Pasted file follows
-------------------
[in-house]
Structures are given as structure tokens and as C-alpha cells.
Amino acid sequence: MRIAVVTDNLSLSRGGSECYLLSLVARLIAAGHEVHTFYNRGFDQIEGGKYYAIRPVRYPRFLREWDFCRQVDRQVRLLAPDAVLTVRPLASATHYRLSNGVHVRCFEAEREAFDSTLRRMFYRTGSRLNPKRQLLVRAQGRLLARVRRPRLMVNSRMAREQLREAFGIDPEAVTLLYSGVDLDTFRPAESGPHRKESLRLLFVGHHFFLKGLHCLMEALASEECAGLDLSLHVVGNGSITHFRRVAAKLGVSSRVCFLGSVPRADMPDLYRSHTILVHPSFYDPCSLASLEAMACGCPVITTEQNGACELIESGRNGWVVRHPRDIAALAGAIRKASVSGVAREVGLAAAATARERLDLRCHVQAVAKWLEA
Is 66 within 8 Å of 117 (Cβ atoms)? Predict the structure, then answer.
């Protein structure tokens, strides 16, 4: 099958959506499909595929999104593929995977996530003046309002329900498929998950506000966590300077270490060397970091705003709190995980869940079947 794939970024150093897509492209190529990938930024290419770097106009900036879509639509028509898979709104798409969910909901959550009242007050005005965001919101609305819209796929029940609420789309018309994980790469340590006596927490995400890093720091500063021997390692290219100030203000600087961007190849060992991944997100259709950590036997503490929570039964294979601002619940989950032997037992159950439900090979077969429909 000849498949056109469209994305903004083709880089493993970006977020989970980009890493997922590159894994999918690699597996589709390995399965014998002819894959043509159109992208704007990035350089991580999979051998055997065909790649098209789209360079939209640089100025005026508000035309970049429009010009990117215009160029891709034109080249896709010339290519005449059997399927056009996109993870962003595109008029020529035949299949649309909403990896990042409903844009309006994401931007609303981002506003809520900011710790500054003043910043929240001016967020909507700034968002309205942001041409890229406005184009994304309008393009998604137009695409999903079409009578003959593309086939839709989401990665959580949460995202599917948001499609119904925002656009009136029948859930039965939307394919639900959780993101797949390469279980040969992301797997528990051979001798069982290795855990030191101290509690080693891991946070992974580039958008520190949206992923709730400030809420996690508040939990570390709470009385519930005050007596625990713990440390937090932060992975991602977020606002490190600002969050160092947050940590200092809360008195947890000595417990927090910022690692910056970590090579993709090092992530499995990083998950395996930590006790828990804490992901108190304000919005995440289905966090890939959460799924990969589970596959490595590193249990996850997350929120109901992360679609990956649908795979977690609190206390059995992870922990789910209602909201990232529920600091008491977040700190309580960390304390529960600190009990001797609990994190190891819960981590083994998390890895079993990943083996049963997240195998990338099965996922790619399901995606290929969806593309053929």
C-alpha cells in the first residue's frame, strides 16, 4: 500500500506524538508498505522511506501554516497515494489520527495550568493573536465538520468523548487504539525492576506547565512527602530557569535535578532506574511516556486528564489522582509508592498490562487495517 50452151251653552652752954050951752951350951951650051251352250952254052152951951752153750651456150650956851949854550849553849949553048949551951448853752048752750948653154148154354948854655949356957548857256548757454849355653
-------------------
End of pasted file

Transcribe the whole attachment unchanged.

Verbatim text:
[in-house]
Structures are given as structure tokens and as C-alpha cells.
Amino acid sequence: MRIAVVTDNLSLSRGGSECYLLSLVARLIAAGHEVHTFYNRGFDQIEGGKYYAIRPVRYPRFLREWDFCRQVDRQVRLLAPDAVLTVRPLASATHYRLSNGVHVRCFEAEREAFDSTLRRMFYRTGSRLNPKRQLLVRAQGRLLARVRRPRLMVNSRMAREQLREAFGIDPEAVTLLYSGVDLDTFRPAESGPHRKESLRLLFVGHHFFLKGLHCLMEALASEECAGLDLSLHVVGNGSITHFRRVAAKLGVSSRVCFLGSVPRADMPDLYRSHTILVHPSFYDPCSLASLEAMACGCPVITTEQNGACELIESGRNGWVVRHPRDIAALAGAIRKASVSGVAREVGLAAAATARERLDLRCHVQAVAKWLEA
Is 66 within 8 Å of 117 (Cβ atoms)? Predict the structure, then answer.
């Protein structure tokens, strides 16, 4: 099958959506499909595929999104593929995977996530003046309002329900498929998950506000966590300077270490060397970091705003709190995980869940079947 794939970024150093897509492209190529990938930024290419770097106009900036879509639509028509898979709104798409969910909901959550009242007050005005965001919101609305819209796929029940609420789309018309994980790469340590006596927490995400890093720091500063021997390692290219100030203000600087961007190849060992991944997100259709950590036997503490929570039964294979601002619940989950032997037992159950439900090979077969429909 000849498949056109469209994305903004083709880089493993970006977020989970980009890493997922590159894994999918690699597996589709390995399965014998002819894959043509159109992208704007990035350089991580999979051998055997065909790649098209789209360079939209640089100025005026508000035309970049429009010009990117215009160029891709034109080249896709010339290519005449059997399927056009996109993870962003595109008029020529035949299949649309909403990896990042409903844009309006994401931007609303981002506003809520900011710790500054003043910043929240001016967020909507700034968002309205942001041409890229406005184009994304309008393009998604137009695409999903079409009578003959593309086939839709989401990665959580949460995202599917948001499609119904925002656009009136029948859930039965939307394919639900959780993101797949390469279980040969992301797997528990051979001798069982290795855990030191101290509690080693891991946070992974580039958008520190949206992923709730400030809420996690508040939990570390709470009385519930005050007596625990713990440390937090932060992975991602977020606002490190600002969050160092947050940590200092809360008195947890000595417990927090910022690692910056970590090579993709090092992530499995990083998950395996930590006790828990804490992901108190304000919005995440289905966090890939959460799924990969589970596959490595590193249990996850997350929120109901992360679609990956649908795979977690609190206390059995992870922990789910209602909201990232529920600091008491977040700190309580960390304390529960600190009990001797609990994190190891819960981590083994998390890895079993990943083996049963997240195998990338099965996922790619399901995606290929969806593309053929």
C-alpha cells in the first residue's frame, strides 16, 4: 500500500506524538508498505522511506501554516497515494489520527495550568493573536465538520468523548487504539525492576506547565512527602530557569535535578532506574511516556486528564489522582509508592498490562487495517 50452151251653552652752954050951752951350951951650051251352250952254052152951951752153750651456150650956851949854550849553849949553048949551951448853752048752750948653154148154354948854655949356957548857256548757454849355653